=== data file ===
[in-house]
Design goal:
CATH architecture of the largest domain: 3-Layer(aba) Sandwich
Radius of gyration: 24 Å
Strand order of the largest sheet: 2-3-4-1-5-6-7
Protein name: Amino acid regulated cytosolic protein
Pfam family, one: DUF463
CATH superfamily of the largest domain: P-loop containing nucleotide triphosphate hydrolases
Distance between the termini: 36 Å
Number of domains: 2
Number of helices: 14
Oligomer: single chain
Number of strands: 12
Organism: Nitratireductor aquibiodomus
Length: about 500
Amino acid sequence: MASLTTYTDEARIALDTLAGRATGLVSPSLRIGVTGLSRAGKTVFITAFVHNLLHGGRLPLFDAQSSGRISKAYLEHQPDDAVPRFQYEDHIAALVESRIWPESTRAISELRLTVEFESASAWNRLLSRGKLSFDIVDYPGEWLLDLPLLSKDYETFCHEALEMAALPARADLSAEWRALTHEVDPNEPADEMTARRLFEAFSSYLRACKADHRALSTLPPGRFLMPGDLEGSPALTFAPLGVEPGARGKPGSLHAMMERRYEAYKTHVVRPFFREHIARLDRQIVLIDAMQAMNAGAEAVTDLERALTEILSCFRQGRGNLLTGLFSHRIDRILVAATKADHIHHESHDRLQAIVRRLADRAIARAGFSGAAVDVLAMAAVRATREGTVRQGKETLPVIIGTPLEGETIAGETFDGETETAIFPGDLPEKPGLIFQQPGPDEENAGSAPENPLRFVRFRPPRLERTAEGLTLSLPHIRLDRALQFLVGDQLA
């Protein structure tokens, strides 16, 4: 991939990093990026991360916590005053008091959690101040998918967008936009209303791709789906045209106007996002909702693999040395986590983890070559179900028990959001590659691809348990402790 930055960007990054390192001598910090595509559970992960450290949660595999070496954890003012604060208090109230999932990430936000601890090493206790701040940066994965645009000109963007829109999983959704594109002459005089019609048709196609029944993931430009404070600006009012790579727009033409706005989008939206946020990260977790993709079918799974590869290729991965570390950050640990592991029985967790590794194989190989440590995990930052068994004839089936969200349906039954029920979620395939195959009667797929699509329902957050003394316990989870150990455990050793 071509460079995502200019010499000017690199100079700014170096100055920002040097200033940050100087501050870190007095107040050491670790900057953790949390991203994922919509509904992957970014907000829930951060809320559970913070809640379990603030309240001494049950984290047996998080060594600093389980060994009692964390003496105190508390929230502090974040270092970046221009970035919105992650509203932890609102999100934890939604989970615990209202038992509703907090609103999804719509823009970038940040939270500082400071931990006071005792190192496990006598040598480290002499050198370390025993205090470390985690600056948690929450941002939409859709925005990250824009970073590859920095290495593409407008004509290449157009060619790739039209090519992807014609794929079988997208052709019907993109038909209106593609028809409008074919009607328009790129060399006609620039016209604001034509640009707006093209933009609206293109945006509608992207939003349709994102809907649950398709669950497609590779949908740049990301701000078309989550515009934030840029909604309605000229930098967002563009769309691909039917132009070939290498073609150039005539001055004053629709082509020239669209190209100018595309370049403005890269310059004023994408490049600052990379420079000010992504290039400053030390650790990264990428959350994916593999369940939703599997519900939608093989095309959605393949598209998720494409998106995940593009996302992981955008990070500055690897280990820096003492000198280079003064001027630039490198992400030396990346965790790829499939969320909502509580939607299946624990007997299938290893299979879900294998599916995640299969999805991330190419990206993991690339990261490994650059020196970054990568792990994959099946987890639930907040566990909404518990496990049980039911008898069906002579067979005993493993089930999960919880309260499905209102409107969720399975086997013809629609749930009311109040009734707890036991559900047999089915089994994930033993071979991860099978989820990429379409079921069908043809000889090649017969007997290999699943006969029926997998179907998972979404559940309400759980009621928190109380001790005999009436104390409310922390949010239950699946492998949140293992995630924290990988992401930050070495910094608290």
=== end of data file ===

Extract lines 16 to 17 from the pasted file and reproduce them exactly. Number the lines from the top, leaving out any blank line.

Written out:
Amino acid sequence: MASLTTYTDEARIALDTLAGRATGLVSPSLRIGVTGLSRAGKTVFITAFVHNLLHGGRLPLFDAQSSGRISKAYLEHQPDDAVPRFQYEDHIAALVESRIWPESTRAISELRLTVEFESASAWNRLLSRGKLSFDIVDYPGEWLLDLPLLSKDYETFCHEALEMAALPARADLSAEWRALTHEVDPNEPADEMTARRLFEAFSSYLRACKADHRALSTLPPGRFLMPGDLEGSPALTFAPLGVEPGARGKPGSLHAMMERRYEAYKTHVVRPFFREHIARLDRQIVLIDAMQAMNAGAEAVTDLERALTEILSCFRQGRGNLLTGLFSHRIDRILVAATKADHIHHESHDRLQAIVRRLADRAIARAGFSGAAVDVLAMAAVRATREGTVRQGKETLPVIIGTPLEGETIAGETFDGETETAIFPGDLPEKPGLIFQQPGPDEENAGSAPENPLRFVRFRPPRLERTAEGLTLSLPHIRLDRALQFLVGDQLA
């Protein structure tokens, strides 16, 4: 991939990093990026991360916590005053008091959690101040998918967008936009209303791709789906045209106007996002909702693999040395986590983890070559179900028990959001590659691809348990402790 930055960007990054390192001598910090595509559970992960450290949660595999070496954890003012604060208090109230999932990430936000601890090493206790701040940066994965645009000109963007829109999983959704594109002459005089019609048709196609029944993931430009404070600006009012790579727009033409706005989008939206946020990260977790993709079918799974590869290729991965570390950050640990592991029985967790590794194989190989440590995990930052068994004839089936969200349906039954029920979620395939195959009667797929699509329902957050003394316990989870150990455990050793 071509460079995502200019010499000017690199100079700014170096100055920002040097200033940050100087501050870190007095107040050491670790900057953790949390991203994922919509509904992957970014907000829930951060809320559970913070809640379990603030309240001494049950984290047996998080060594600093389980060994009692964390003496105190508390929230502090974040270092970046221009970035919105992650509203932890609102999100934890939604989970615990209202038992509703907090609103999804719509823009970038940040939270500082400071931990006071005792190192496990006598040598480290002499050198370390025993205090470390985690600056948690929450941002939409859709925005990250824009970073590859920095290495593409407008004509290449157009060619790739039209090519992807014609794929079988997208052709019907993109038909209106593609028809409008074919009607328009790129060399006609620039016209604001034509640009707006093209933009609206293109945006509608992207939003349709994102809907649950398709669950497609590779949908740049990301701000078309989550515009934030840029909604309605000229930098967002563009769309691909039917132009070939290498073609150039005539001055004053629709082509020239669209190209100018595309370049403005890269310059004023994408490049600052990379420079000010992504290039400053030390650790990264990428959350994916593999369940939703599997519900939608093989095309959605393949598209998720494409998106995940593009996302992981955008990070500055690897280990820096003492000198280079003064001027630039490198992400030396990346965790790829499939969320909502509580939607299946624990007997299938290893299979879900294998599916995640299969999805991330190419990206993991690339990261490994650059020196970054990568792990994959099946987890639930907040566990909404518990496990049980039911008898069906002579067979005993493993089930999960919880309260499905209102409107969720399975086997013809629609749930009311109040009734707890036991559900047999089915089994994930033993071979991860099978989820990429379409079921069908043809000889090649017969007997290999699943006969029926997998179907998972979404559940309400759980009621928190109380001790005999009436104390409310922390949010239950699946492998949140293992995630924290990988992401930050070495910094608290």